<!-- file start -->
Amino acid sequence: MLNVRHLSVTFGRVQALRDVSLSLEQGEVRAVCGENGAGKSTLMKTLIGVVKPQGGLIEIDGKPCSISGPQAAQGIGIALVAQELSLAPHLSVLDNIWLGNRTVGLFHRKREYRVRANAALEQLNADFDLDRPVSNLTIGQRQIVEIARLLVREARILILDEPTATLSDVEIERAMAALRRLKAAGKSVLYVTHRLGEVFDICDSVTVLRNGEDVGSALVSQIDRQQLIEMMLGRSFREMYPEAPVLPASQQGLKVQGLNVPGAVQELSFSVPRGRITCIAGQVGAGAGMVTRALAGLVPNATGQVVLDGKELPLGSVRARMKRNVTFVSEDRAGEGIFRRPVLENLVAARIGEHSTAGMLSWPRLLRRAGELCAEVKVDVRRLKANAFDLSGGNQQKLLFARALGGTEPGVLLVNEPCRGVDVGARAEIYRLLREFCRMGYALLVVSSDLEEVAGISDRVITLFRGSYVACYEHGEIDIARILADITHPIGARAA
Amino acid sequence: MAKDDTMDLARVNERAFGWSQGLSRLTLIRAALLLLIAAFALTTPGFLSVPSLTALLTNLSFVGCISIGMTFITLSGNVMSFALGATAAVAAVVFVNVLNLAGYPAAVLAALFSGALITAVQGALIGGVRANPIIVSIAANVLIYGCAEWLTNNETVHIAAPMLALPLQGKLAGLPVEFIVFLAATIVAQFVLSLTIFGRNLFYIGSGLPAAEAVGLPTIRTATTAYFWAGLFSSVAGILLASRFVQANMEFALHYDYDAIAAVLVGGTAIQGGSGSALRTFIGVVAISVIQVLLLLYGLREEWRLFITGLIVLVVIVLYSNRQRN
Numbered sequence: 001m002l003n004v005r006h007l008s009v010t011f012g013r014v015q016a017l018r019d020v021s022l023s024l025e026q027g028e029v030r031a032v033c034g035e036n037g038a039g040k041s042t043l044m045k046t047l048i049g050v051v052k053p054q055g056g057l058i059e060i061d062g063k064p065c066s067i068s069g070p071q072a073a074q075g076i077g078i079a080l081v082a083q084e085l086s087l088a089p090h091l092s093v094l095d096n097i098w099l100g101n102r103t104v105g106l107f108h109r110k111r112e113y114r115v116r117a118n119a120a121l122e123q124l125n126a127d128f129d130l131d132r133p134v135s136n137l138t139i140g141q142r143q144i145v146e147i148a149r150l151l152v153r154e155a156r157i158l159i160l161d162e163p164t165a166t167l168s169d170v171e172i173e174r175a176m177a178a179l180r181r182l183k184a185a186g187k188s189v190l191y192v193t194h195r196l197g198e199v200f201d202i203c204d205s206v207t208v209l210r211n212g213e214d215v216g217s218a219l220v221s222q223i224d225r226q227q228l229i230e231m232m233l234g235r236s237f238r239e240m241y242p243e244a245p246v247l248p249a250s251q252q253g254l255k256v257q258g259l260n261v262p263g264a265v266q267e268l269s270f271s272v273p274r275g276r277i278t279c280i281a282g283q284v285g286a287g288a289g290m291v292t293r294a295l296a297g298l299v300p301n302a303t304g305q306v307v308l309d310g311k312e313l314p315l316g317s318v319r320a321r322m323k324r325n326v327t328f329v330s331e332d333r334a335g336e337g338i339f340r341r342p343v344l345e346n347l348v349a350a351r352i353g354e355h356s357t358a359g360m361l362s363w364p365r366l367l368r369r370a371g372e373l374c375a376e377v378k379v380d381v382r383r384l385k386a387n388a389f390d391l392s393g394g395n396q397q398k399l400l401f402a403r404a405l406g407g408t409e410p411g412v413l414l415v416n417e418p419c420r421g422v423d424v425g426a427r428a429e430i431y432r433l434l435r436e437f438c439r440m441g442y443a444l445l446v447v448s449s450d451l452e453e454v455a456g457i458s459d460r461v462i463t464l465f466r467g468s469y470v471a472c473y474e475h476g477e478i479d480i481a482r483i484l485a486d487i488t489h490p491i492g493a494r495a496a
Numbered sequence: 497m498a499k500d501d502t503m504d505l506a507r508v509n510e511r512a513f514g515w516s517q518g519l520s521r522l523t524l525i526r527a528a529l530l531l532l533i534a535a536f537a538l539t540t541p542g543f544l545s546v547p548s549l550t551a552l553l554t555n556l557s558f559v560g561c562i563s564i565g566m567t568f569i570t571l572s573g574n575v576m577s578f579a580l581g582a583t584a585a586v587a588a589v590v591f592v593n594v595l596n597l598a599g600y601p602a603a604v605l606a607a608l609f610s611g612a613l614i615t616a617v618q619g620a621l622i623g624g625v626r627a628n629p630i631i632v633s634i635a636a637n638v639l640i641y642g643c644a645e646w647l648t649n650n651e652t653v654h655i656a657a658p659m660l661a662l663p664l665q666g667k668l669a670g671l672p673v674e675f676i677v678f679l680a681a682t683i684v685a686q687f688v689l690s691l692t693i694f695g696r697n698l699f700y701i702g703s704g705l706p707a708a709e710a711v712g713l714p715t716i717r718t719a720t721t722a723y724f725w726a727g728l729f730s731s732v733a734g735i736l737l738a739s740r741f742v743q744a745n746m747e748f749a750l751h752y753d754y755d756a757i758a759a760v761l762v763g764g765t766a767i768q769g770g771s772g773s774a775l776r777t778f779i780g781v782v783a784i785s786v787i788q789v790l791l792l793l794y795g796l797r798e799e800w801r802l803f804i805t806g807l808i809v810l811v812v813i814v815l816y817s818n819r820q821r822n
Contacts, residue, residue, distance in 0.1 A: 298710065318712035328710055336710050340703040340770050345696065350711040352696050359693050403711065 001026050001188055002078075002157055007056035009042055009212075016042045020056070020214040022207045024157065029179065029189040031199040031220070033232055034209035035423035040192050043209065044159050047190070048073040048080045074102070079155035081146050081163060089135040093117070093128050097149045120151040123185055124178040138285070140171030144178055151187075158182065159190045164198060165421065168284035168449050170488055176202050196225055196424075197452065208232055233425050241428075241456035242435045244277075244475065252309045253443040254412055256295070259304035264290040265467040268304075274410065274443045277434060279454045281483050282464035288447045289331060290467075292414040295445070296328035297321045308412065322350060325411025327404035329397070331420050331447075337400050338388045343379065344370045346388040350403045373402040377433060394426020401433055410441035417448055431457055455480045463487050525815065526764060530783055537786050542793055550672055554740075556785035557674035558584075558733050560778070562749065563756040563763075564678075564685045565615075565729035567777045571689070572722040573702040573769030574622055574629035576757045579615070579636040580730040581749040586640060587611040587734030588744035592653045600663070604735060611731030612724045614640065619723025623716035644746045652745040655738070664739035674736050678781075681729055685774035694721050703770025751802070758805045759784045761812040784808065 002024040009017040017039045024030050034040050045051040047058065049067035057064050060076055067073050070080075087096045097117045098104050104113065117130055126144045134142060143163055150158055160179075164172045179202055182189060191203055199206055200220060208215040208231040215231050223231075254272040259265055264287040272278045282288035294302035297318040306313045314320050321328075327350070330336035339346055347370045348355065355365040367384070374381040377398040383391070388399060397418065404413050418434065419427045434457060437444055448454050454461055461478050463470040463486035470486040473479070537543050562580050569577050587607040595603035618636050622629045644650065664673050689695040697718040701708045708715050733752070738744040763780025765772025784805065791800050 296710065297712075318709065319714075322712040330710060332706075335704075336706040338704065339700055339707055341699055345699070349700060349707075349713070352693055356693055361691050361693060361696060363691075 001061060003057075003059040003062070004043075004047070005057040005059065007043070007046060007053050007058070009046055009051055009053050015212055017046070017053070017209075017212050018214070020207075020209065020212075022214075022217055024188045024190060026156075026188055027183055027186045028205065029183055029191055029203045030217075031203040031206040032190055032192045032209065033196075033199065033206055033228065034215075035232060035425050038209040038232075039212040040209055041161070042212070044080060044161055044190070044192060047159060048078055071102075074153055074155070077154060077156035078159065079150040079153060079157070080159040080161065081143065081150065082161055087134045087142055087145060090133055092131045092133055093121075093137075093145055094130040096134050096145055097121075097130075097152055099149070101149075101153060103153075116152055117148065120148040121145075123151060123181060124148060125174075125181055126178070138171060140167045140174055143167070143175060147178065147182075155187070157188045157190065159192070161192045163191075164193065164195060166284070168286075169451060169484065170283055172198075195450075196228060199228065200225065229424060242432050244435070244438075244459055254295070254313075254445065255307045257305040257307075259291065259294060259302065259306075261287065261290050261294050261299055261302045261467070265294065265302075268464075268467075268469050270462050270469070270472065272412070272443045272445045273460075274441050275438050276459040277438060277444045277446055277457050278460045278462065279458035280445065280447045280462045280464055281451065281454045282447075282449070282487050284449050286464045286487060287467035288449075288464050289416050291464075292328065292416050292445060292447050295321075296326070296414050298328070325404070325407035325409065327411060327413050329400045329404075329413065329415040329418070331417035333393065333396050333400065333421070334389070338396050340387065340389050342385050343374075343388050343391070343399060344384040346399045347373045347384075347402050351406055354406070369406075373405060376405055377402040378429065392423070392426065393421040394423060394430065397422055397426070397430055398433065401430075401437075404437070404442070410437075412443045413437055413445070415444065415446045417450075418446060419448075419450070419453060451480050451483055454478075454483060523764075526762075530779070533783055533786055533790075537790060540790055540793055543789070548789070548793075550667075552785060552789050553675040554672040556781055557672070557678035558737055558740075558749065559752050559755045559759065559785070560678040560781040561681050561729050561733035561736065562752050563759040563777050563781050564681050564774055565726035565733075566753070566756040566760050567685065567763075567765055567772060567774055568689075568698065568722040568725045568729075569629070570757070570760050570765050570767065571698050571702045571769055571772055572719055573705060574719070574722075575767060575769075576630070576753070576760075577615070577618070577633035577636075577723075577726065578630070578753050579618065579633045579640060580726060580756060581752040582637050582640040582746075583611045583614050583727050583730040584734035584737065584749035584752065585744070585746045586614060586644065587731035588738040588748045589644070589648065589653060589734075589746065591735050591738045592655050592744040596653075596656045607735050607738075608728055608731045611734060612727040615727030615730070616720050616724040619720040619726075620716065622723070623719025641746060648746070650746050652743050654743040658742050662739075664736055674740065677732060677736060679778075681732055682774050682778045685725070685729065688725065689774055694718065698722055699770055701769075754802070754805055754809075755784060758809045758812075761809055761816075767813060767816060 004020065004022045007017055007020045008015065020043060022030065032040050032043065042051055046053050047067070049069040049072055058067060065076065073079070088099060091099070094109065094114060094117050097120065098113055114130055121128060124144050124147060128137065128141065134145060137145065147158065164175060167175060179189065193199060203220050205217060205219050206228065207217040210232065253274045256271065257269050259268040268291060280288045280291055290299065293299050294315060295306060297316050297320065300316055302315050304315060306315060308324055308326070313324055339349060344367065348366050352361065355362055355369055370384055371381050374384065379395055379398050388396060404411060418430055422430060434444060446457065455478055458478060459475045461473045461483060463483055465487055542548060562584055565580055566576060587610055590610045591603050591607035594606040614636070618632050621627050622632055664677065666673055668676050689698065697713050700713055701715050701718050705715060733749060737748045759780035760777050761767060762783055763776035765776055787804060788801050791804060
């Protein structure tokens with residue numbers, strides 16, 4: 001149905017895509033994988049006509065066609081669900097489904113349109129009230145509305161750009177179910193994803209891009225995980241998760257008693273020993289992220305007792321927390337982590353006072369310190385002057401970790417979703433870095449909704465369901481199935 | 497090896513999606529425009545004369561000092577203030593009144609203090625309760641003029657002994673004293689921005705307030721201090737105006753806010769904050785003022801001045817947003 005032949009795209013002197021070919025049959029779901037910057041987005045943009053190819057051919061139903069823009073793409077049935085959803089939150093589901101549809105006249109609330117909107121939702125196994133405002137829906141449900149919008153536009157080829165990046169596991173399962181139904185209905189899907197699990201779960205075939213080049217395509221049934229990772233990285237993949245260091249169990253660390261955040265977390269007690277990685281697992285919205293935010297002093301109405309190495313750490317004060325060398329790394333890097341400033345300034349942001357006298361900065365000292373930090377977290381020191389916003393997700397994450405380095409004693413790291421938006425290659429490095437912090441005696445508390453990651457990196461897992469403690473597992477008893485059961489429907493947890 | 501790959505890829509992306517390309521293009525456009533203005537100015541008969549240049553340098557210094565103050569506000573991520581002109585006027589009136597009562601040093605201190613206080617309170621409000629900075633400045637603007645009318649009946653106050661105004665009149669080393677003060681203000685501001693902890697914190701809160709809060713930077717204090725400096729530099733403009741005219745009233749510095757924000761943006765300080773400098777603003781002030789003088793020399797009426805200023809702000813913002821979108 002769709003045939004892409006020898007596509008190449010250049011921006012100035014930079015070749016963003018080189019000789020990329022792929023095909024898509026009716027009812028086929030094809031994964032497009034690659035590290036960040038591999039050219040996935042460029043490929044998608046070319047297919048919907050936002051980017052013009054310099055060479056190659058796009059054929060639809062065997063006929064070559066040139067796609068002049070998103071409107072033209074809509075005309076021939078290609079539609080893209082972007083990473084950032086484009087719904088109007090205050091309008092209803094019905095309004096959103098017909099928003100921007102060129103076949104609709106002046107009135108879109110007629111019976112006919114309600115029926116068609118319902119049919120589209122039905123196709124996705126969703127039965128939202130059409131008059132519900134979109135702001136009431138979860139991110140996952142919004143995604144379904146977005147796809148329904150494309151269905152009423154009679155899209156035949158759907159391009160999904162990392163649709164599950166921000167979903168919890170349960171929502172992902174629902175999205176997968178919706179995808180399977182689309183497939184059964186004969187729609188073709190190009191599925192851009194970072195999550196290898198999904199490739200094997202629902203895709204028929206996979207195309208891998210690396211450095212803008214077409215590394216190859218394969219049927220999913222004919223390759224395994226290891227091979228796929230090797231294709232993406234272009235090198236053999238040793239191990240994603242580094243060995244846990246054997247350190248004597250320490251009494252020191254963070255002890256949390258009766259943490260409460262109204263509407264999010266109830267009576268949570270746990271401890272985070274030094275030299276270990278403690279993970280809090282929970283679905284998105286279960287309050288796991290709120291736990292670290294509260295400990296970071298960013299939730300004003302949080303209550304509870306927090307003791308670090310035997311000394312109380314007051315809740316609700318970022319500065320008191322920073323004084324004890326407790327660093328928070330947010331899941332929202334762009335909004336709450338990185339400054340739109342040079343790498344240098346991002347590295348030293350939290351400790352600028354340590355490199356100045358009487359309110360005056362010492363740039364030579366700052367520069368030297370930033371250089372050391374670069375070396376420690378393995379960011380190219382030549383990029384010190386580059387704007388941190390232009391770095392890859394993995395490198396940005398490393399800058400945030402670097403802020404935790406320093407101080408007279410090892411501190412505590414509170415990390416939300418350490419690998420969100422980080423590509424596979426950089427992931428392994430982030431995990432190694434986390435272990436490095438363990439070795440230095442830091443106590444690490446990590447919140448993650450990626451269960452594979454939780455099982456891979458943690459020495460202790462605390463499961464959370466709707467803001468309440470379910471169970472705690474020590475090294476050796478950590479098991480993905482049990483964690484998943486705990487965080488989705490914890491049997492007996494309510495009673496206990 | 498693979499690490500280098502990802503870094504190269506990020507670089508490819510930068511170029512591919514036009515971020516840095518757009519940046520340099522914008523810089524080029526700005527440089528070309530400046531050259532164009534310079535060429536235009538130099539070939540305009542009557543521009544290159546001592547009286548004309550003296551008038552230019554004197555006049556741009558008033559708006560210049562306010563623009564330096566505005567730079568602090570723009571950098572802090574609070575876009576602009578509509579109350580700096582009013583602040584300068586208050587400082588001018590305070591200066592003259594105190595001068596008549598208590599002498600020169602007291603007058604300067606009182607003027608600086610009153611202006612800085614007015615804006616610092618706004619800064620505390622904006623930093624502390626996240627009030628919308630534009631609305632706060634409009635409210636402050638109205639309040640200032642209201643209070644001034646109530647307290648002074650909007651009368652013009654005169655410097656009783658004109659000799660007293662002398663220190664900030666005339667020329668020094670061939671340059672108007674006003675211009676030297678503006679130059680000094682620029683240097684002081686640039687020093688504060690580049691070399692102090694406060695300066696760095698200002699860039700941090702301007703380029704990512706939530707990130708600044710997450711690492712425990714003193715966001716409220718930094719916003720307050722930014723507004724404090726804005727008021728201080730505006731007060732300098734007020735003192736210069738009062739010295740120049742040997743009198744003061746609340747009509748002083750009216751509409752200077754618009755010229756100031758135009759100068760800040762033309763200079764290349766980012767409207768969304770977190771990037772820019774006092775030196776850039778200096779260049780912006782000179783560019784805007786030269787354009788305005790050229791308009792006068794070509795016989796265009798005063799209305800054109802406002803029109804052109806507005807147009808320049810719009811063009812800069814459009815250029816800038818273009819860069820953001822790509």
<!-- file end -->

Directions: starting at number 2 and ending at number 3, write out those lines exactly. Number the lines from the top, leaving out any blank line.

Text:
Amino acid sequence: MAKDDTMDLARVNERAFGWSQGLSRLTLIRAALLLLIAAFALTTPGFLSVPSLTALLTNLSFVGCISIGMTFITLSGNVMSFALGATAAVAAVVFVNVLNLAGYPAAVLAALFSGALITAVQGALIGGVRANPIIVSIAANVLIYGCAEWLTNNETVHIAAPMLALPLQGKLAGLPVEFIVFLAATIVAQFVLSLTIFGRNLFYIGSGLPAAEAVGLPTIRTATTAYFWAGLFSSVAGILLASRFVQANMEFALHYDYDAIAAVLVGGTAIQGGSGSALRTFIGVVAISVIQVLLLLYGLREEWRLFITGLIVLVVIVLYSNRQRN
Numbered sequence: 001m002l003n004v005r006h007l008s009v010t011f012g013r014v015q016a017l018r019d020v021s022l023s024l025e026q027g028e029v030r031a032v033c034g035e036n037g038a039g040k041s042t043l044m045k046t047l048i049g050v051v052k053p054q055g056g057l058i059e060i061d062g063k064p065c066s067i068s069g070p071q072a073a074q075g076i077g078i079a080l081v082a083q084e085l086s087l088a089p090h091l092s093v094l095d096n097i098w099l100g101n102r103t104v105g106l107f108h109r110k111r112e113y114r115v116r117a118n119a120a121l122e123q124l125n126a127d128f129d130l131d132r133p134v135s136n137l138t139i140g141q142r143q144i145v146e147i148a149r150l151l152v153r154e155a156r157i158l159i160l161d162e163p164t165a166t167l168s169d170v171e172i173e174r175a176m177a178a179l180r181r182l183k184a185a186g187k188s189v190l191y192v193t194h195r196l197g198e199v200f201d202i203c204d205s206v207t208v209l210r211n212g213e214d215v216g217s218a219l220v221s222q223i224d225r226q227q228l229i230e231m232m233l234g235r236s237f238r239e240m241y242p243e244a245p246v247l248p249a250s251q252q253g254l255k256v257q258g259l260n261v262p263g264a265v266q267e268l269s270f271s272v273p274r275g276r277i278t279c280i281a282g283q284v285g286a287g288a289g290m291v292t293r294a295l296a297g298l299v300p301n302a303t304g305q306v307v308l309d310g311k312e313l314p315l316g317s318v319r320a321r322m323k324r325n326v327t328f329v330s331e332d333r334a335g336e337g338i339f340r341r342p343v344l345e346n347l348v349a350a351r352i353g354e355h356s357t358a359g360m361l362s363w364p365r366l367l368r369r370a371g372e373l374c375a376e377v378k379v380d381v382r383r384l385k386a387n388a389f390d391l392s393g394g395n396q397q398k399l400l401f402a403r404a405l406g407g408t409e410p411g412v413l414l415v416n417e418p419c420r421g422v423d424v425g426a427r428a429e430i431y432r433l434l435r436e437f438c439r440m441g442y443a444l445l446v447v448s449s450d451l452e453e454v455a456g457i458s459d460r461v462i463t464l465f466r467g468s469y470v471a472c473y474e475h476g477e478i479d480i481a482r483i484l485a486d487i488t489h490p491i492g493a494r495a496a